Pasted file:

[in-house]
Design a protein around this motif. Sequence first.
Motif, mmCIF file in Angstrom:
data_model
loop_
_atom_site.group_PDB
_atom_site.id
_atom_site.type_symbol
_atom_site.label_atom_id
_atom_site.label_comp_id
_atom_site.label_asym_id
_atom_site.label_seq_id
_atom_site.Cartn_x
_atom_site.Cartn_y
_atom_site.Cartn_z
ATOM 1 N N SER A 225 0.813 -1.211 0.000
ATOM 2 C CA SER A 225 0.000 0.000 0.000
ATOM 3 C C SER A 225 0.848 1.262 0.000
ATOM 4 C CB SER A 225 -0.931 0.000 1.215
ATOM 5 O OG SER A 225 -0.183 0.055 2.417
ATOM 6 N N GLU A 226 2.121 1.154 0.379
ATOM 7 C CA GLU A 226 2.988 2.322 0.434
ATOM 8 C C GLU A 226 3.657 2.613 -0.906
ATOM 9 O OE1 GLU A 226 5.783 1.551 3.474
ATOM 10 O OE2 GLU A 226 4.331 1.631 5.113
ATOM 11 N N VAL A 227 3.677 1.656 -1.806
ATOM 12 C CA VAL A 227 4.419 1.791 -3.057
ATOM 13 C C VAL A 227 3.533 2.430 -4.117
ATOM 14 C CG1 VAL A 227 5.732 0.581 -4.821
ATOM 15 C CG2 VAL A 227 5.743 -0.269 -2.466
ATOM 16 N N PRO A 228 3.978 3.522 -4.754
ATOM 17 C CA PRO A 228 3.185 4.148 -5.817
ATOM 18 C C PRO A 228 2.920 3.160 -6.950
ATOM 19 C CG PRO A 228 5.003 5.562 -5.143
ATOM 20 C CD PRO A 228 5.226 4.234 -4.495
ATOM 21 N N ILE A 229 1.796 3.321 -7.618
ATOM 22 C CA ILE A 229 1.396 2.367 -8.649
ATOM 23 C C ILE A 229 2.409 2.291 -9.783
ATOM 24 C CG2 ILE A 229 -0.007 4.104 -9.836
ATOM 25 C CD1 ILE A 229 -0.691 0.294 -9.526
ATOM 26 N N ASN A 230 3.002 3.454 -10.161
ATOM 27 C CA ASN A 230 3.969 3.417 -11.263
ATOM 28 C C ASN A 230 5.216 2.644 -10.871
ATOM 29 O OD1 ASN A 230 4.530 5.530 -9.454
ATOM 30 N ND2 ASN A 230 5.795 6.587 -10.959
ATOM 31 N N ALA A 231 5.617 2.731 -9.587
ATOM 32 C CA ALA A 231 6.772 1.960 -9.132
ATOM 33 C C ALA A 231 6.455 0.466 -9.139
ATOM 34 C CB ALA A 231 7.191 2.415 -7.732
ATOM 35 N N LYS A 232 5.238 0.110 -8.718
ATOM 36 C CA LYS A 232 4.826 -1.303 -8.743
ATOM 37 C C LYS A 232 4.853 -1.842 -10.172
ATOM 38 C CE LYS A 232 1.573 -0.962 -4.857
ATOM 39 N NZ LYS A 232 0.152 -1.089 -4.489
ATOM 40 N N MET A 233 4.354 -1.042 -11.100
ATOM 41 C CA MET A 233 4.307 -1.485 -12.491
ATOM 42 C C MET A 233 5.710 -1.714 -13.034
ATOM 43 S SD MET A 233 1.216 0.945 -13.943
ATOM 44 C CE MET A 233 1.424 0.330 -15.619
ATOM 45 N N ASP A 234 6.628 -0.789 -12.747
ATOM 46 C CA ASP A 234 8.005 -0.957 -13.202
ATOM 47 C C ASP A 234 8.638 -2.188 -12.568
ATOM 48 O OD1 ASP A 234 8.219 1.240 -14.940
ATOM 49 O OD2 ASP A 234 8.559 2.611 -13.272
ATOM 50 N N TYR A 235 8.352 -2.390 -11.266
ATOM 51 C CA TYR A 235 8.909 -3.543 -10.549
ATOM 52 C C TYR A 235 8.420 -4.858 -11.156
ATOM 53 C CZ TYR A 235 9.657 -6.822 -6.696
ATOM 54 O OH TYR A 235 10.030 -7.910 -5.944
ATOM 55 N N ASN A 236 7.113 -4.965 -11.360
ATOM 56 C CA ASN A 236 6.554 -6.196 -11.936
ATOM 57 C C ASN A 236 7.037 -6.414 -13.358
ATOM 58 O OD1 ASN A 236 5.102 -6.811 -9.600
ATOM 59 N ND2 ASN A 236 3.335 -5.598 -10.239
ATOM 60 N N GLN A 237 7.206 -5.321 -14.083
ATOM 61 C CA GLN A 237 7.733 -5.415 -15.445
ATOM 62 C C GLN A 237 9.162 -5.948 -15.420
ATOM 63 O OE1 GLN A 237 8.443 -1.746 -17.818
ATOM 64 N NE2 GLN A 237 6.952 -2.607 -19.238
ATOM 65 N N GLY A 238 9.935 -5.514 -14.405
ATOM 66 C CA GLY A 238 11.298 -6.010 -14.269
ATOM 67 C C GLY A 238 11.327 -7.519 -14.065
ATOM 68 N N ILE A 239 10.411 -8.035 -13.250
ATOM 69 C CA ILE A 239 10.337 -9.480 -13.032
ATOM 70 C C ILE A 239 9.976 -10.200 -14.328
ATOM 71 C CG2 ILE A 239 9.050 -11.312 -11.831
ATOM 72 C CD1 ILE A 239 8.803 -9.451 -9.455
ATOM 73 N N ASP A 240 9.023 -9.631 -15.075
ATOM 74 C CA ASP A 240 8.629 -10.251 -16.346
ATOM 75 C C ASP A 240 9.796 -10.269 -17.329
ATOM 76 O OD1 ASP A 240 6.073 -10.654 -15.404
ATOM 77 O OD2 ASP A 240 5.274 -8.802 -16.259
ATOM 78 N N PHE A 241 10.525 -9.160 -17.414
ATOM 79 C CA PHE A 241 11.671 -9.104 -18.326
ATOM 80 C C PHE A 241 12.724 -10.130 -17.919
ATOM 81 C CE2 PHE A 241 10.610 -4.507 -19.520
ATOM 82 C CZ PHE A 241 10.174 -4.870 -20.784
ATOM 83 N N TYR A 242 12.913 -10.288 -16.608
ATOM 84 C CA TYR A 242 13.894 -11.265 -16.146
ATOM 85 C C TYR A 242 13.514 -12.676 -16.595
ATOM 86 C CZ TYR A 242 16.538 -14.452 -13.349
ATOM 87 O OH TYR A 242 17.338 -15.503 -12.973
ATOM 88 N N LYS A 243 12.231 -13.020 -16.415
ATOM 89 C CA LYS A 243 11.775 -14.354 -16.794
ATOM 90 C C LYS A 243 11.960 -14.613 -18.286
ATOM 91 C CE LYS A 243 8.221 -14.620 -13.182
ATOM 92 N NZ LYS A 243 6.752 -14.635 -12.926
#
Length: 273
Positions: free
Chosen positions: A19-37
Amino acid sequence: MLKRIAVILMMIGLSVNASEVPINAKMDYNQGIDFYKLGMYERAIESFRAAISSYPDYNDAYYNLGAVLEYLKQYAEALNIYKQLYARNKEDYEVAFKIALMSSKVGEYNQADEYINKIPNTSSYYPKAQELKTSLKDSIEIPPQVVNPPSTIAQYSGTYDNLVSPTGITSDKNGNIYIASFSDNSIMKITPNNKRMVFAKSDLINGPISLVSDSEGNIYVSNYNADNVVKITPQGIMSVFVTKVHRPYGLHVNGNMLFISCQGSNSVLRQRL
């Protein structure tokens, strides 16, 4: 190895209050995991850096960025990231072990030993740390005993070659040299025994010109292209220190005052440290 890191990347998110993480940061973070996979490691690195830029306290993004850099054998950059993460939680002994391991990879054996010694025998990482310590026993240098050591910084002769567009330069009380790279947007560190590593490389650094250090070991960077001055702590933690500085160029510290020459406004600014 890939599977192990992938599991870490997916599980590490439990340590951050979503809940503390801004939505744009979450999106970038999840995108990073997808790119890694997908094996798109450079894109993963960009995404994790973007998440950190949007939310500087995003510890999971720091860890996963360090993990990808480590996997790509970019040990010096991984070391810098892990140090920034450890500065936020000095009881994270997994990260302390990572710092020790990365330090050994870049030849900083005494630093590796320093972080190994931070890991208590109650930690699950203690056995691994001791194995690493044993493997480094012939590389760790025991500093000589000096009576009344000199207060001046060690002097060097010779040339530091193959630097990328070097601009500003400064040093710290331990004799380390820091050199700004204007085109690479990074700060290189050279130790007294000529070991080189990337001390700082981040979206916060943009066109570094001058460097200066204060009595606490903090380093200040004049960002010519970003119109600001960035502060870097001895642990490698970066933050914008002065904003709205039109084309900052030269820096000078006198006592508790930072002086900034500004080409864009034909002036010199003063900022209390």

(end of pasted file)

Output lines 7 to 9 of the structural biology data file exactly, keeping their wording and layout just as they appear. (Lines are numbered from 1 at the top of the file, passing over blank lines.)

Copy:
_atom_site.id
_atom_site.type_symbol
_atom_site.label_atom_id